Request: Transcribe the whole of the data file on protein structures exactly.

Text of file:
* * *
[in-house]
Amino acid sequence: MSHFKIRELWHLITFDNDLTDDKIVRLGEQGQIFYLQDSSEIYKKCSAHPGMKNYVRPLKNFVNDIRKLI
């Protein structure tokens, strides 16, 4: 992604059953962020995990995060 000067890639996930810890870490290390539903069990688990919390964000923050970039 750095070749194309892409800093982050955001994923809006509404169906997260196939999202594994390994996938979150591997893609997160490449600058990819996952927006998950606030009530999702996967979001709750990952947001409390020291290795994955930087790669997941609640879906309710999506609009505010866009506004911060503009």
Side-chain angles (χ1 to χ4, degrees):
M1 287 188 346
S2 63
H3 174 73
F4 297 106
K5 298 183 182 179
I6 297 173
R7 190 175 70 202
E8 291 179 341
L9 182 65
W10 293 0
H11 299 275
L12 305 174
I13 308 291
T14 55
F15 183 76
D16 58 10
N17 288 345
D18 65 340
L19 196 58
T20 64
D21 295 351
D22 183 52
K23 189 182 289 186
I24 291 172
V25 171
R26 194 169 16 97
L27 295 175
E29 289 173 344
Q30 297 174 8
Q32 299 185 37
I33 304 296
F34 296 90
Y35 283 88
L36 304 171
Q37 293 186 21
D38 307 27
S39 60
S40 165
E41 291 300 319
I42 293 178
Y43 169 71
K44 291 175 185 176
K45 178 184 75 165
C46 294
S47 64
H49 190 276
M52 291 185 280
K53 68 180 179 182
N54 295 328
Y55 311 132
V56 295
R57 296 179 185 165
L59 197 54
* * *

[in-house]
Amino acid sequence: MSHFKIRELWHLITFDNDLTDDKIVRLGEQGQIFYLQDSSEIYKKCSAHPGMKNYVRPLKNFVNDIRKLI
């Protein structure tokens, strides 16, 4: 992604059953962020995990995060 000067890639996930810890870490290390539903069990688990919390964000923050970039 750095070749194309892409800093982050955001994923809006509404169906997260196939999202594994390994996938979150591997893609997160490449600058990819996952927006998950606030009530999702996967979001709750990952947001409390020291290795994955930087790669997941609640879906309710999506609009505010866009506004911060503009």
Side-chain angles (χ1 to χ4, degrees):
M1 287 188 346
S2 63
H3 174 73
F4 297 106
K5 298 183 182 179
I6 297 173
R7 190 175 70 202
E8 291 179 341
L9 182 65
W10 293 0
H11 299 275
L12 305 174
I13 308 291
T14 55
F15 183 76
D16 58 10
N17 288 345
D18 65 340
L19 196 58
T20 64
D21 295 351
D22 183 52
K23 189 182 289 186
I24 291 172
V25 171
R26 194 169 16 97
L27 295 175
E29 289 173 344
Q30 297 174 8
Q32 299 185 37
I33 304 296
F34 296 90
Y35 283 88
L36 304 171
Q37 293 186 21
D38 307 27
S39 60
S40 165
E41 291 300 319
I42 293 178
Y43 169 71
K44 291 175 185 176
K45 178 184 75 165
C46 294
S47 64
H49 190 276
M52 291 185 280
K53 68 180 179 182
N54 295 328
Y55 311 132
V56 295
R57 296 179 185 165
L59 197 54